Browse Prior Art Database

Guage Methodology for Event Completion

IP.com Disclosure Number: IPCOM000109667D
Original Publication Date: 1992-Sep-01
Included in the Prior Art Database: 2005-Mar-24
Document File: 3 page(s) / 66K

Publishing Venue

IBM

Related People

Fitzpatrick, G: AUTHOR [+4]

Abstract

This article describes a service for which task management events can be monitored by an office system. This service would allow the user to designate which services and actions could access this mechanism. A gauge model can be utilized to solve this problem. A graphical gauge model can be presented to the user. This gauge model would display the magnitude at which events were completed for a specified period of time. The scale for the gauge would be modified dynamically as events were added by differing services. Thus, a task can have an associated scale marking on the gauge. Each grid marking on the gauge can represent an actual task. Completion of events would be designated by filling in the associated portion of the scale on the gauge. Fig. 1 illustrates a graphical model of the gauge as presented to the user.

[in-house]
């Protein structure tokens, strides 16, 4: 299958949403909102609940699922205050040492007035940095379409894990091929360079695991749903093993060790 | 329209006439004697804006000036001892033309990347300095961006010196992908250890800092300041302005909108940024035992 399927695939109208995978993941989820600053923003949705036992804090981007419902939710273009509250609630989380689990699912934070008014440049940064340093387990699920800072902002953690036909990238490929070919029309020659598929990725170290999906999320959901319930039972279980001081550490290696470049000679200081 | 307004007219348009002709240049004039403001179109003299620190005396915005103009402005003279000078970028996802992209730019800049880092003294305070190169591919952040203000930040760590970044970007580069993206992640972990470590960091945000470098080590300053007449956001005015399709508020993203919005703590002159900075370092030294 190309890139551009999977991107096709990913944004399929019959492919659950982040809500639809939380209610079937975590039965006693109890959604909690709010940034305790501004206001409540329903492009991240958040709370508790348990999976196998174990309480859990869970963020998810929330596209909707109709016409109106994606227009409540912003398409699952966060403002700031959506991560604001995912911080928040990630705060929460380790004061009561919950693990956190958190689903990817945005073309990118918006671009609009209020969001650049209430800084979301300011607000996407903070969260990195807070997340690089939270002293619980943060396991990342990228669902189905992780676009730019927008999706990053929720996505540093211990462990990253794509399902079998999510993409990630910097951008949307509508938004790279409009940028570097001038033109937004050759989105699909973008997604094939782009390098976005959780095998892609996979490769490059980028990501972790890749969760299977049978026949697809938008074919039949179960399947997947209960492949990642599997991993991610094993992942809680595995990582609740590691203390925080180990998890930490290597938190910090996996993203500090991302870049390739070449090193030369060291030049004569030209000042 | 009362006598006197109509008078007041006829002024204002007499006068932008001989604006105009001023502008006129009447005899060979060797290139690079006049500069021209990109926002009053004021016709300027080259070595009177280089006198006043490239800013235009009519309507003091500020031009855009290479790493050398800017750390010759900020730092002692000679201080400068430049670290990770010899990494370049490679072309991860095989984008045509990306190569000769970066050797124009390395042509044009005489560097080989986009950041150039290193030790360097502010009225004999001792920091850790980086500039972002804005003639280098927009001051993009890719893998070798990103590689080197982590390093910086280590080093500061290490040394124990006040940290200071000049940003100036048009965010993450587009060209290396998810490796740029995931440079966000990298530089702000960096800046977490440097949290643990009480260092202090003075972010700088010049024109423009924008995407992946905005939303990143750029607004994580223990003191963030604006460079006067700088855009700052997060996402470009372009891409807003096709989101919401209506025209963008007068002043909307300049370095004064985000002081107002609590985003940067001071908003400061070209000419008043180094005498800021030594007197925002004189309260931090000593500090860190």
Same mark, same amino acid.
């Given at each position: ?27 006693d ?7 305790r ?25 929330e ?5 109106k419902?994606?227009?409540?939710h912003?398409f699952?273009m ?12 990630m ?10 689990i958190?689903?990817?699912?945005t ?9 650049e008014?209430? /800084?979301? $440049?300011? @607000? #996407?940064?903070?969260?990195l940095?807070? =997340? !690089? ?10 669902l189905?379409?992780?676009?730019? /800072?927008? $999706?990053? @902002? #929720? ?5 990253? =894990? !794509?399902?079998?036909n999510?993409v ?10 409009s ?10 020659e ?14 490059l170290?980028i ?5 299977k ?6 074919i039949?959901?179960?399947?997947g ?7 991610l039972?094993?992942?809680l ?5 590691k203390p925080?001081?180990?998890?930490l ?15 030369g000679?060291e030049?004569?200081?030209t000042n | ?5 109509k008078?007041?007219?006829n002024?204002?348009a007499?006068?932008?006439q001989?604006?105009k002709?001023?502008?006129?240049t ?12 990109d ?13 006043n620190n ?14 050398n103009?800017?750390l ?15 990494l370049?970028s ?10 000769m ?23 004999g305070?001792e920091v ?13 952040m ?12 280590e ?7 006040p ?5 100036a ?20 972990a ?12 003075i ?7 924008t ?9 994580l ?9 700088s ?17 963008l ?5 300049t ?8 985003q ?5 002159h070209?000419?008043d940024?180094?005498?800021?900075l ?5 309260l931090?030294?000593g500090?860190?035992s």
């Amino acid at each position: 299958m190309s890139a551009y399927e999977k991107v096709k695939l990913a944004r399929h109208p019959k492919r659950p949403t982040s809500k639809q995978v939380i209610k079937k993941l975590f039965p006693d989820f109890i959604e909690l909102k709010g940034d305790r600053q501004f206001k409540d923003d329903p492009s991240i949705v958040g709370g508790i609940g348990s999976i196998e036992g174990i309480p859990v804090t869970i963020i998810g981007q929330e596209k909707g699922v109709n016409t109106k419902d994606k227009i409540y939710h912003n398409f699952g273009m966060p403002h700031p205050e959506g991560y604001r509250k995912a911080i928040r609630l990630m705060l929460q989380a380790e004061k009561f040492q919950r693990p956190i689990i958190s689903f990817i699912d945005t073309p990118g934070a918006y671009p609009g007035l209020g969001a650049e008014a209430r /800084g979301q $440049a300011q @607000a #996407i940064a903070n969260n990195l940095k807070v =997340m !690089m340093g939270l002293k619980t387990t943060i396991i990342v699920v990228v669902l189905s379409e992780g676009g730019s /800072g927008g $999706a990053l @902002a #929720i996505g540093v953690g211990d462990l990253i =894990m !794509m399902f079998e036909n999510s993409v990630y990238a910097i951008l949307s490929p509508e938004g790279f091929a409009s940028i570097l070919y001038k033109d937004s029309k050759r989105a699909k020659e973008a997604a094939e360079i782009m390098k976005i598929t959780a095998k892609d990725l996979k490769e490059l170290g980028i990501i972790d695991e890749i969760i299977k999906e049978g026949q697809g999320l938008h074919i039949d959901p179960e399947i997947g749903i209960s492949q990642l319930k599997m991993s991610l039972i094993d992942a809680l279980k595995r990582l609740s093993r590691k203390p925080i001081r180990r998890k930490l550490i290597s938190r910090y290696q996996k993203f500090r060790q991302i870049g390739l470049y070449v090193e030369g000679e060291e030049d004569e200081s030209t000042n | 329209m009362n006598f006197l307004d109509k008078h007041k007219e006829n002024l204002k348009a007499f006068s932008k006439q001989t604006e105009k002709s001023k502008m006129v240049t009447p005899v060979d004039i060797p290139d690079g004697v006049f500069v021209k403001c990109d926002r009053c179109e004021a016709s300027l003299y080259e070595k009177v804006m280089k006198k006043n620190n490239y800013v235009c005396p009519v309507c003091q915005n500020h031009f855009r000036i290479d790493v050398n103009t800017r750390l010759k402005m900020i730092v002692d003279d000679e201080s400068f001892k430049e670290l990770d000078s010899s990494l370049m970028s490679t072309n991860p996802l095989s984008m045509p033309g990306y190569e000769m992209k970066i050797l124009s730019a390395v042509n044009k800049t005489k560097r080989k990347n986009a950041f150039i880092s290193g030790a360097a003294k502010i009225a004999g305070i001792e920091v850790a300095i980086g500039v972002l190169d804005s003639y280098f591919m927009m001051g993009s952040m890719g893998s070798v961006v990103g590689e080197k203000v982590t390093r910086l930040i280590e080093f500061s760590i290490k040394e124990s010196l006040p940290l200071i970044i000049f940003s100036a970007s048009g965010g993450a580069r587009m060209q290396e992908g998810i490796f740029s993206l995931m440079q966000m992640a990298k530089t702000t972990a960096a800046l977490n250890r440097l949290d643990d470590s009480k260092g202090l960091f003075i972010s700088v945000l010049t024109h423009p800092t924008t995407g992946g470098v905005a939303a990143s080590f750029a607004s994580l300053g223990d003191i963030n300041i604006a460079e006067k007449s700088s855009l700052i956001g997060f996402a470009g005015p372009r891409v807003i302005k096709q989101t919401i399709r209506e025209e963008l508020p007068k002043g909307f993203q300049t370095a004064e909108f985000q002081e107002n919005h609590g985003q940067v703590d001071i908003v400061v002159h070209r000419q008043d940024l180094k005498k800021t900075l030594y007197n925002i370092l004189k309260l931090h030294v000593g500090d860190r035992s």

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Guage Methodology for Event Completion

       This article describes a service for which task
management events can be monitored by an office system.  This service
would allow the user to designate which services and actions could
access this mechanism.  A gauge model can be utilized to solve this
problem.  A graphical gauge model can be presented to the user.  This
gauge model would display the magnitude at which events were
completed for a specified period of time.  The scale for the gauge
would be modified dynamically as events were added by differing
services.  Thus, a task can have an associated scale marking on the
gauge.  Each grid marking on the gauge can represent an actual task.
Completion of events would be designated by filling in the associated
portion of the scale on the gauge.  Fig. 1 illustrates a graphical
model of the gauge as presented to the user.

      Furthermore, the presentation of the gauge can be presented
within an iconic format as illustrated within Fig. 2 which shows a
task completion icon presented with other icons on a desktop.  This
icon can be enlarged to allow easier readability and allow individual
grid markings to be expanded.  The association of a scaler grid
marking to that of a task allows for the grid marking to be expanded
to reveal additional information about the particular task.

      This method differs from prior methods by providing an
automated process for task management.  The characteristics of task...